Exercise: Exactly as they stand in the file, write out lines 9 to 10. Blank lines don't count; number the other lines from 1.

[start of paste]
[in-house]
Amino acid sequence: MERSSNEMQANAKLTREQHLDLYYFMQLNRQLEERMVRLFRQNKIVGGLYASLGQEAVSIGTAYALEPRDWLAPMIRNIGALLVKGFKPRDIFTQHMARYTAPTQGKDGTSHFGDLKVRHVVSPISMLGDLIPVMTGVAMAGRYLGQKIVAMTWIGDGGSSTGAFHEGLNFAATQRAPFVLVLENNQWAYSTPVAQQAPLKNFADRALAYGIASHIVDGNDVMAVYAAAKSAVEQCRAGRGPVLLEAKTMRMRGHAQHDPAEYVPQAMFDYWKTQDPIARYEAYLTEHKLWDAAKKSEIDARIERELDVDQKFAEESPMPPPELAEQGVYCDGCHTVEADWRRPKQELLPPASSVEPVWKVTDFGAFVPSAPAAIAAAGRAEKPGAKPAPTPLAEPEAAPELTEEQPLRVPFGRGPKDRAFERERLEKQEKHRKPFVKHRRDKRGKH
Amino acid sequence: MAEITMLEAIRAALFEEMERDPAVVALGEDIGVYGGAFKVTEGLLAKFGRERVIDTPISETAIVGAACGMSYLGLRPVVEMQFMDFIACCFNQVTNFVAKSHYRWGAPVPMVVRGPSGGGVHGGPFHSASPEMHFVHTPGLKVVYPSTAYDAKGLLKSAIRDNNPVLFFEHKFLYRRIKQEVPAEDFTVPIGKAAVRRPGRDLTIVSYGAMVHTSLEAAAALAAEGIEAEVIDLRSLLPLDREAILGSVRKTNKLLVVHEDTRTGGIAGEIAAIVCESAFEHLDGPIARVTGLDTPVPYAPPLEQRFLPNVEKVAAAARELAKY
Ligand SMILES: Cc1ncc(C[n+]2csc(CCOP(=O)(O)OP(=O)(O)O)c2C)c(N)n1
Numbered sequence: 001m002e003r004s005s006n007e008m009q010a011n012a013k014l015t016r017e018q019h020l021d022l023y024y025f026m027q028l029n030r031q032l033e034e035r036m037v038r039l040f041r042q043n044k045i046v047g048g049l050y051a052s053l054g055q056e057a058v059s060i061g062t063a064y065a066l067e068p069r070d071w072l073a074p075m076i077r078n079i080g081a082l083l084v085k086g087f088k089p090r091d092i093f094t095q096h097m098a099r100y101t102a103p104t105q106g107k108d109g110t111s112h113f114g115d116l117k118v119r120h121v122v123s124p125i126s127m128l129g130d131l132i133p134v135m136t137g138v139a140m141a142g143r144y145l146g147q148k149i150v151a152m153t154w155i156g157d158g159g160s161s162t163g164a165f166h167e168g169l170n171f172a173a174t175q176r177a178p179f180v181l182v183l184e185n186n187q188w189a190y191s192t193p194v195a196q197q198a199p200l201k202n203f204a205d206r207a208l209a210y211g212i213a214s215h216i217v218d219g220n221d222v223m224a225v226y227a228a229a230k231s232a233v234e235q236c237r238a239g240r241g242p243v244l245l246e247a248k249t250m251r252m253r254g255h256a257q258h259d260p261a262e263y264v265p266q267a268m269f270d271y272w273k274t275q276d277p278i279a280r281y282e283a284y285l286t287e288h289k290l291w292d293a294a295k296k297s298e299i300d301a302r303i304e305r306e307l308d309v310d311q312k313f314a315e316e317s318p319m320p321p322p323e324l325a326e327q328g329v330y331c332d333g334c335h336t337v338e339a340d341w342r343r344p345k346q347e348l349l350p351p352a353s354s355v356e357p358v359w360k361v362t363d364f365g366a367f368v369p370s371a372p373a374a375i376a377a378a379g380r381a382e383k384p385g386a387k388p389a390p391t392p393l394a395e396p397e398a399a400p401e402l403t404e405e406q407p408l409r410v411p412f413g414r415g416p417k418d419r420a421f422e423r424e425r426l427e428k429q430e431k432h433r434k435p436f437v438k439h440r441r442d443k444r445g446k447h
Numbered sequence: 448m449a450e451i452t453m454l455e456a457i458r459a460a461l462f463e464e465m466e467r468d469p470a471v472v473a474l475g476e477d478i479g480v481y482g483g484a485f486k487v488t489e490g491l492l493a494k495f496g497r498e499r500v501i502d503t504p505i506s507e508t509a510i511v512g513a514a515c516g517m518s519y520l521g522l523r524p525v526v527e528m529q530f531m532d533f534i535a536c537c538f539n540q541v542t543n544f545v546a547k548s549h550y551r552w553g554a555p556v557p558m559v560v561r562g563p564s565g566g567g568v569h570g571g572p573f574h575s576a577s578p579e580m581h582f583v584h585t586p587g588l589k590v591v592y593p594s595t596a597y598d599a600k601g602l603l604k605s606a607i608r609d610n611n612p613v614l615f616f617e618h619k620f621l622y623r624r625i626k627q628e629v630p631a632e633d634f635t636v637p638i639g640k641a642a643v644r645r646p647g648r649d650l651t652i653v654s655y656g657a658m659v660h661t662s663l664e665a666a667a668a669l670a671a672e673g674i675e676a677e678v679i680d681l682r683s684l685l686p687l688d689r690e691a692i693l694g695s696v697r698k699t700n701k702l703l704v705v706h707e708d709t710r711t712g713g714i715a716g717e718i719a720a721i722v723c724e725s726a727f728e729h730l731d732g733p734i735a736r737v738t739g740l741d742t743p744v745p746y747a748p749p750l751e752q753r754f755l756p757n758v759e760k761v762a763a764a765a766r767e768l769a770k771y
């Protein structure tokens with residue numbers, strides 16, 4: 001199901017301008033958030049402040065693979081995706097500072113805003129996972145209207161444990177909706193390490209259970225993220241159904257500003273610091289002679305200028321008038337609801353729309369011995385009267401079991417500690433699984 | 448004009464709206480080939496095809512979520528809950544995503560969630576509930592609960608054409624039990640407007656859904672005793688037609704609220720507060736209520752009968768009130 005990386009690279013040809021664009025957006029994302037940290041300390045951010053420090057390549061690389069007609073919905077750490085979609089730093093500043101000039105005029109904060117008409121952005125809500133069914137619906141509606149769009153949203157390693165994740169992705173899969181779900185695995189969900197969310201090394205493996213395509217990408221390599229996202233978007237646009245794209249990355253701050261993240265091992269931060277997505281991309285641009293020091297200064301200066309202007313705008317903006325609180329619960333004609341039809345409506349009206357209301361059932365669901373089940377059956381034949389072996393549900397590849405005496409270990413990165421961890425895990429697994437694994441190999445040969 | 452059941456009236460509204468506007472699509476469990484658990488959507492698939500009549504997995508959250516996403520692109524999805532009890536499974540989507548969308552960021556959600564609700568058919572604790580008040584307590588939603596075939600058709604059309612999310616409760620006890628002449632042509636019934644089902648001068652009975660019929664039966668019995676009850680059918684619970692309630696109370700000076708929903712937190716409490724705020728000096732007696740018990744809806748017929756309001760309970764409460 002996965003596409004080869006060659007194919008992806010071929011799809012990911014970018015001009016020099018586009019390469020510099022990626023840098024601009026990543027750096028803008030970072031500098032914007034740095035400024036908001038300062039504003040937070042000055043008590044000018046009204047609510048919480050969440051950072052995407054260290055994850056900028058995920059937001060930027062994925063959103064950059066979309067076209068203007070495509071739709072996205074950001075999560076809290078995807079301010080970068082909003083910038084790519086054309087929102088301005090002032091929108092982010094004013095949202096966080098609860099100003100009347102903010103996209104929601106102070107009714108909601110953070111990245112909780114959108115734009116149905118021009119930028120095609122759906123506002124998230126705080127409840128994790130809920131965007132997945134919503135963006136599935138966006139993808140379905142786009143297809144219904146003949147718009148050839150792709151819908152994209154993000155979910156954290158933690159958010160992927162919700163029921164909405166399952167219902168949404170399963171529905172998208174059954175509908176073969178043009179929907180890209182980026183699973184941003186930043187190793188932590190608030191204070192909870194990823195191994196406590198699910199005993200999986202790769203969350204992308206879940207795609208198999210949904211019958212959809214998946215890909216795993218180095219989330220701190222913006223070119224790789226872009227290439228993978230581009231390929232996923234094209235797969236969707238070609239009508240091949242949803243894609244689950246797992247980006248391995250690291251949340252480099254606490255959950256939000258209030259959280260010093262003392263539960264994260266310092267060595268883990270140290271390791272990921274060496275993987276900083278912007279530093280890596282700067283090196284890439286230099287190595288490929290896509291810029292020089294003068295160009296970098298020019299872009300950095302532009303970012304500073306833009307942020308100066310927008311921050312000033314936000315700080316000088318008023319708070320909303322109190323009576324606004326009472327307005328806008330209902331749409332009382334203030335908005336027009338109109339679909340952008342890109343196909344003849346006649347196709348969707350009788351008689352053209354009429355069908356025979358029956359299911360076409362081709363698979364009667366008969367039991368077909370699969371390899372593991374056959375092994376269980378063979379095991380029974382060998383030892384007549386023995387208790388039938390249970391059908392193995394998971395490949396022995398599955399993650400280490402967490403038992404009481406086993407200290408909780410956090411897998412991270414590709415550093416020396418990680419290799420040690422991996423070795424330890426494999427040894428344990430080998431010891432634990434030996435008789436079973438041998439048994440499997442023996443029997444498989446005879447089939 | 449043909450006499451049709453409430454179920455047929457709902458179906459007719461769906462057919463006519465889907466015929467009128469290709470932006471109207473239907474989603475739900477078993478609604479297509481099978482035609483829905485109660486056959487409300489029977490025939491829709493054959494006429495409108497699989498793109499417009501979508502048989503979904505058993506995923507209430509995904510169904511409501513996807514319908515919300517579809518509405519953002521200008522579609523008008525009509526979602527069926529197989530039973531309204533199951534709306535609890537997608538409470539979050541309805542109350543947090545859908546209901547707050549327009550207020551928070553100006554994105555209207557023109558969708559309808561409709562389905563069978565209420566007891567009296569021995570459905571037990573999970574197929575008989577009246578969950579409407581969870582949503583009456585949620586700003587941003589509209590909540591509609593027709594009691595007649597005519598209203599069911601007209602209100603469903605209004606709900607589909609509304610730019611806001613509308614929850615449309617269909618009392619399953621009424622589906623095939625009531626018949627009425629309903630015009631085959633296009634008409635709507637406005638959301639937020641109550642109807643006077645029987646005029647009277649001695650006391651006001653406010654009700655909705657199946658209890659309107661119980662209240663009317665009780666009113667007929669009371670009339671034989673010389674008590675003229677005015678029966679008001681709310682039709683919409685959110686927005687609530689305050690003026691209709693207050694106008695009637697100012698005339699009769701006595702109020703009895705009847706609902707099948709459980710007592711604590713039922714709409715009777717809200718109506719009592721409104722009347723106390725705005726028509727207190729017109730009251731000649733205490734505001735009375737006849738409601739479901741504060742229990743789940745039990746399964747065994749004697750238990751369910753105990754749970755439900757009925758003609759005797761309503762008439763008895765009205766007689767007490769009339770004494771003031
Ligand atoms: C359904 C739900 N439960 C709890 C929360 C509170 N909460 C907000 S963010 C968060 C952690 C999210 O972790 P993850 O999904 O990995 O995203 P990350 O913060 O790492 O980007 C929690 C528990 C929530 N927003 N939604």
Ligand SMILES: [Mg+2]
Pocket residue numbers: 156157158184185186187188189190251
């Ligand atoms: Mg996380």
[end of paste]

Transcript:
Ligand SMILES: [Mg+2]
Pocket residue numbers: 156157158184185186187188189190251